Elements of a Shoplifting Charge

There are three elements to a shoplifting charge in DC that must be proven at trial in order to get a conviction. The first element is that the person must have concealed or taken possession of property. This element can alternatively be defined as removing or altering the price of the property or transferring the property from its display container to another container.

Second, the property itself must have been property belonging to another person and that property must have been offered for sale.

Finally, the person must have performed one of those actions with the specific intent to take the property without paying for it or with the intent to defraud the owner of the property.

Proving Shoplifting

The prosecutor can use any circumstances that would suggest that the property did not belong to the defendant. For example, the behavior of the defendant that shows that he or she was concealing the property. An individual hiding the property would help to support the prosecutor’s position that the property did not belong to the defendant.

Additionally, any evidence that shows that the property was offered for sale such as having price tags or being displayed on shelves would support a prosecutor’s argument that the property did not belong to the defendant.

Owner’s Right to Detain

A business owner has the right to detain and cause the arrest of a person who he or she has probable cause to believe shoplifted in the owner’s presence.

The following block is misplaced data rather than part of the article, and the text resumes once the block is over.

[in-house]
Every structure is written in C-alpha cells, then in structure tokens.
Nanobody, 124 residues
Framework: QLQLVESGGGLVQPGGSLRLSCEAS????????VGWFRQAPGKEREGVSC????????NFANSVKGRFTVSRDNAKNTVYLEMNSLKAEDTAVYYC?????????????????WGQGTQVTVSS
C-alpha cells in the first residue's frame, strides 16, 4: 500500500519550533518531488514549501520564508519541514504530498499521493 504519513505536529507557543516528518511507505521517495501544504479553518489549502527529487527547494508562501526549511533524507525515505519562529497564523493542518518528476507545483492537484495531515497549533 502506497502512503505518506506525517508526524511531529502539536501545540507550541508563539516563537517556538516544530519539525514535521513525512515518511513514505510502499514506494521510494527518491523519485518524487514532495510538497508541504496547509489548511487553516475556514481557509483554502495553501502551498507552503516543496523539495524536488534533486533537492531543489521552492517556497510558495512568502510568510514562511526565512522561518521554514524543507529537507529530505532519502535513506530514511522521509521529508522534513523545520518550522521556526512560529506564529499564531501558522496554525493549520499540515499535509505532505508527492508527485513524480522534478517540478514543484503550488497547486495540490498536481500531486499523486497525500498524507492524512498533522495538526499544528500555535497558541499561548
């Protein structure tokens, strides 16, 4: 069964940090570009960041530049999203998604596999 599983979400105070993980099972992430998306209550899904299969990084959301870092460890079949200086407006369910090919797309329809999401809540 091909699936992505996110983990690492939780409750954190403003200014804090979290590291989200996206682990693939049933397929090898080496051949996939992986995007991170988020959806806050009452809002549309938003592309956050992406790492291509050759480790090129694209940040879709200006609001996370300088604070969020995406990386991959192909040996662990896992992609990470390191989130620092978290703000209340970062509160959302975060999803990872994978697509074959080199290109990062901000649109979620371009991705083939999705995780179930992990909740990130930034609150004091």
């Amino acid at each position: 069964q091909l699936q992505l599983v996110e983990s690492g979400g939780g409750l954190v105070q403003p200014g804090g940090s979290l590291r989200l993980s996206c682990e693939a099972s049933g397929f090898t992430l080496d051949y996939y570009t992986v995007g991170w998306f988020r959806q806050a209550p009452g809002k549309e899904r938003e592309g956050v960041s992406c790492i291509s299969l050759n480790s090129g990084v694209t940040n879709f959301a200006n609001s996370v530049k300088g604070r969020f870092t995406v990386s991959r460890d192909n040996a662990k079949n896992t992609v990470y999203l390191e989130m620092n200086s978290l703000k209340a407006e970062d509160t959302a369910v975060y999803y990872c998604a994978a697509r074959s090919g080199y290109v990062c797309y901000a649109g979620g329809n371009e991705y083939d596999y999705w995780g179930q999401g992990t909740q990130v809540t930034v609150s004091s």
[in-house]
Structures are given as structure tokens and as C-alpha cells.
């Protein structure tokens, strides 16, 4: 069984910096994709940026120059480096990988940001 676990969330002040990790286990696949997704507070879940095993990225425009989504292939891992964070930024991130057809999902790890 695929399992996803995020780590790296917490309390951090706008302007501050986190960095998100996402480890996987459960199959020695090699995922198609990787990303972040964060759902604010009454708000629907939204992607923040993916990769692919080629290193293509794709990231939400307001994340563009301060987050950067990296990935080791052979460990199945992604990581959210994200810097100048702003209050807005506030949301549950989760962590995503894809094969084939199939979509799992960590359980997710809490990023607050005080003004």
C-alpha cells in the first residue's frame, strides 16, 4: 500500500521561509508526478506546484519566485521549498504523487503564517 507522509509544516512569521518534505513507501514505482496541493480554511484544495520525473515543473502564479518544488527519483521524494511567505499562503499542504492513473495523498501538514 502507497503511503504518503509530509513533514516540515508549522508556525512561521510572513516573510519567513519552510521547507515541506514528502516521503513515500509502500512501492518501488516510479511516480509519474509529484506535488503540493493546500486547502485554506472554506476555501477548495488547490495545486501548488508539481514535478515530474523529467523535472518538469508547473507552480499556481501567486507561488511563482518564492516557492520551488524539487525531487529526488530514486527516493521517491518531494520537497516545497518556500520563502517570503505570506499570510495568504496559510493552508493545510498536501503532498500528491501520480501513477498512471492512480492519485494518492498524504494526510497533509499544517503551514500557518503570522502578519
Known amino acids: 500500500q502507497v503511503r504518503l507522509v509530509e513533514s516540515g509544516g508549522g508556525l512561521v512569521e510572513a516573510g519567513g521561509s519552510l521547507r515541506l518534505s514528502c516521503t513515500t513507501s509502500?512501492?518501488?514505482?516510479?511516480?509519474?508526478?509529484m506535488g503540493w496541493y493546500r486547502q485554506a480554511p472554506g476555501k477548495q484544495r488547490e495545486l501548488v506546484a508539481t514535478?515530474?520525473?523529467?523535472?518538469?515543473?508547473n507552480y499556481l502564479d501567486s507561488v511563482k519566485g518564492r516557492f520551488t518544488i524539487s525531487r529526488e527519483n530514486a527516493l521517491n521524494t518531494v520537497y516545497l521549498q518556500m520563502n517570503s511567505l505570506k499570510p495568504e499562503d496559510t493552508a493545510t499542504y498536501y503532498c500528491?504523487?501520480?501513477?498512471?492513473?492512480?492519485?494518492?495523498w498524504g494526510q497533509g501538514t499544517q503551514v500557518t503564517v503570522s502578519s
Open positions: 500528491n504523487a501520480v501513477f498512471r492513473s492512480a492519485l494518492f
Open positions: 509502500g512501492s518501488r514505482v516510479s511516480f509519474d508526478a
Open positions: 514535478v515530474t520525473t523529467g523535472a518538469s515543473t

The owner should detain the individual under reasonable conditions as well as notify and transfer the individual to law enforcement within a reasonable time. If the owner decides not to contact law enforcement, then the individual should be released within a reasonable time.

Deferred Prosecution Agreement

A deferred prosecution agreement, commonly referred to as a DPA, is a type of diversion that is sometimes offered by the prosecutors. It is an agreement where the defendant agrees to complete certain terms and, if the defendant successfully completes those terms, then the government will agree to dismiss the case.

All deferred prosecution agreements include terms that state that the defendant agrees to:

  • Not be arrested for another offense on the basis of probable cause
  • Not violate any court orders
  • Not violate any conditions set by the pretrial services agency

Additionally, alternative conditions such as completion of community service, restitution payments, or a promise to stay away from a person or a place may be included depending on the charge.

If you are facing these charges it is vital to have an attorney on your side, their preparation and defense may set you free, or make available a deferred position agreement depending on the facts and circumstances of your case.